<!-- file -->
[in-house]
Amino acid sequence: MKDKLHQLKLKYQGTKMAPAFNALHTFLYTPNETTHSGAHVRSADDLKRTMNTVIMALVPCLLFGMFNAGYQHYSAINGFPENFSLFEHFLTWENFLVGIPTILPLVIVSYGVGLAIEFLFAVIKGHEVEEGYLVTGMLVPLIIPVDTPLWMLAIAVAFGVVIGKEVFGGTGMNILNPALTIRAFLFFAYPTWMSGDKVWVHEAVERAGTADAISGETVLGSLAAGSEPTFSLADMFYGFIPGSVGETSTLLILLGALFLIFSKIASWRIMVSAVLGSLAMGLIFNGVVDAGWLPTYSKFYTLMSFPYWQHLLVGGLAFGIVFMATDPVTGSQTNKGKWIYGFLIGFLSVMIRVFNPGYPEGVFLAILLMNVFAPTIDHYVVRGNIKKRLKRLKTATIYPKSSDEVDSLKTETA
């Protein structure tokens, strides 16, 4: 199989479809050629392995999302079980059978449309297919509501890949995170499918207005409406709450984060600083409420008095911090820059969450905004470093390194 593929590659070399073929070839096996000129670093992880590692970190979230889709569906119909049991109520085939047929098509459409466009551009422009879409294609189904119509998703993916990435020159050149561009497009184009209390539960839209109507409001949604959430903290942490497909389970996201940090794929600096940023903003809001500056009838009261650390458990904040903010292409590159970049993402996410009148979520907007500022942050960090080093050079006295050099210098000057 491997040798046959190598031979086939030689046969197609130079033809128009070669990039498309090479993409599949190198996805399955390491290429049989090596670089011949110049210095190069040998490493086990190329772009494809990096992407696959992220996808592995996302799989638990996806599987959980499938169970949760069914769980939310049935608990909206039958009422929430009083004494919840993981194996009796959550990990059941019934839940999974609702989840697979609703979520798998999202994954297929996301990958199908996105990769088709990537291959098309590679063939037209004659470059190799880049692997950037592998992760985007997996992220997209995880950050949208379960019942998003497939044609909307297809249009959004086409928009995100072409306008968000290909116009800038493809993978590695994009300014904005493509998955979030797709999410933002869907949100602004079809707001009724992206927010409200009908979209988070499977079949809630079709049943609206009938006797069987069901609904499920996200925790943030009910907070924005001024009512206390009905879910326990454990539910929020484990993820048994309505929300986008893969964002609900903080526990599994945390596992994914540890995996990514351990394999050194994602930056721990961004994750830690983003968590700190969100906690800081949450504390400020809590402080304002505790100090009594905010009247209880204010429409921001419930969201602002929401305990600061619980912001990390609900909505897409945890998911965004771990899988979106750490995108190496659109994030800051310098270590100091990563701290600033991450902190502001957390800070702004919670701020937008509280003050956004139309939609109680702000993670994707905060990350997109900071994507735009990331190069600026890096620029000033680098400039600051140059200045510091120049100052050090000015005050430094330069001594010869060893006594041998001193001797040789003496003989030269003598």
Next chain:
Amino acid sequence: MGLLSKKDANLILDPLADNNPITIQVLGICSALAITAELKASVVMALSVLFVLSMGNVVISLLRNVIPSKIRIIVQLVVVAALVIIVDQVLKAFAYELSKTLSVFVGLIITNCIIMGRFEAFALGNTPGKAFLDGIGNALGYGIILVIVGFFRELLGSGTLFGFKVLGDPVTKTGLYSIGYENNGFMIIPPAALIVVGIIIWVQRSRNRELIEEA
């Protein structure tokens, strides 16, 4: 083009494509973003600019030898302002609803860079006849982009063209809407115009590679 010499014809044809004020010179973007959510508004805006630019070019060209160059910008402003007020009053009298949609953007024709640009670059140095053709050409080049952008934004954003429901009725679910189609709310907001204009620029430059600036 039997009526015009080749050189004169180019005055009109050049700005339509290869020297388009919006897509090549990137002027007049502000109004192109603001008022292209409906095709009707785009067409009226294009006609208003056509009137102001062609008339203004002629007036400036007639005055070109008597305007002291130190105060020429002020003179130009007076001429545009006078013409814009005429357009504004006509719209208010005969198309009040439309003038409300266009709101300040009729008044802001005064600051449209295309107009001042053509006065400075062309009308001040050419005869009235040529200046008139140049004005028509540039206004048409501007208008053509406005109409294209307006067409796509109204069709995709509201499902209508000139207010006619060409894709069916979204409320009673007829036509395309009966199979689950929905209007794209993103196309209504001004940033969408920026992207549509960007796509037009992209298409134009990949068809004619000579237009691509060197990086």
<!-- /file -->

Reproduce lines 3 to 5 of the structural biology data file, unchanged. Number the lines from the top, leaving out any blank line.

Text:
């Protein structure tokens, strides 16, 4: 199989479809050629392995999302079980059978449309297919509501890949995170499918207005409406709450984060600083409420008095911090820059969450905004470093390194 593929590659070399073929070839096996000129670093992880590692970190979230889709569906119909049991109520085939047929098509459409466009551009422009879409294609189904119509998703993916990435020159050149561009497009184009209390539960839209109507409001949604959430903290942490497909389970996201940090794929600096940023903003809001500056009838009261650390458990904040903010292409590159970049993402996410009148979520907007500022942050960090080093050079006295050099210098000057 491997040798046959190598031979086939030689046969197609130079033809128009070669990039498309090479993409599949190198996805399955390491290429049989090596670089011949110049210095190069040998490493086990190329772009494809990096992407696959992220996808592995996302799989638990996806599987959980499938169970949760069914769980939310049935608990909206039958009422929430009083004494919840993981194996009796959550990990059941019934839940999974609702989840697979609703979520798998999202994954297929996301990958199908996105990769088709990537291959098309590679063939037209004659470059190799880049692997950037592998992760985007997996992220997209995880950050949208379960019942998003497939044609909307297809249009959004086409928009995100072409306008968000290909116009800038493809993978590695994009300014904005493509998955979030797709999410933002869907949100602004079809707001009724992206927010409200009908979209988070499977079949809630079709049943609206009938006797069987069901609904499920996200925790943030009910907070924005001024009512206390009905879910326990454990539910929020484990993820048994309505929300986008893969964002609900903080526990599994945390596992994914540890995996990514351990394999050194994602930056721990961004994750830690983003968590700190969100906690800081949450504390400020809590402080304002505790100090009594905010009247209880204010429409921001419930969201602002929401305990600061619980912001990390609900909505897409945890998911965004771990899988979106750490995108190496659109994030800051310098270590100091990563701290600033991450902190502001957390800070702004919670701020937008509280003050956004139309939609109680702000993670994707905060990350997109900071994507735009990331190069600026890096620029000033680098400039600051140059200045510091120049100052050090000015005050430094330069001594010869060893006594041998001193001797040789003496003989030269003598």
Next chain:
Amino acid sequence: MGLLSKKDANLILDPLADNNPITIQVLGICSALAITAELKASVVMALSVLFVLSMGNVVISLLRNVIPSKIRIIVQLVVVAALVIIVDQVLKAFAYELSKTLSVFVGLIITNCIIMGRFEAFALGNTPGKAFLDGIGNALGYGIILVIVGFFRELLGSGTLFGFKVLGDPVTKTGLYSIGYENNGFMIIPPAALIVVGIIIWVQRSRNRELIEEA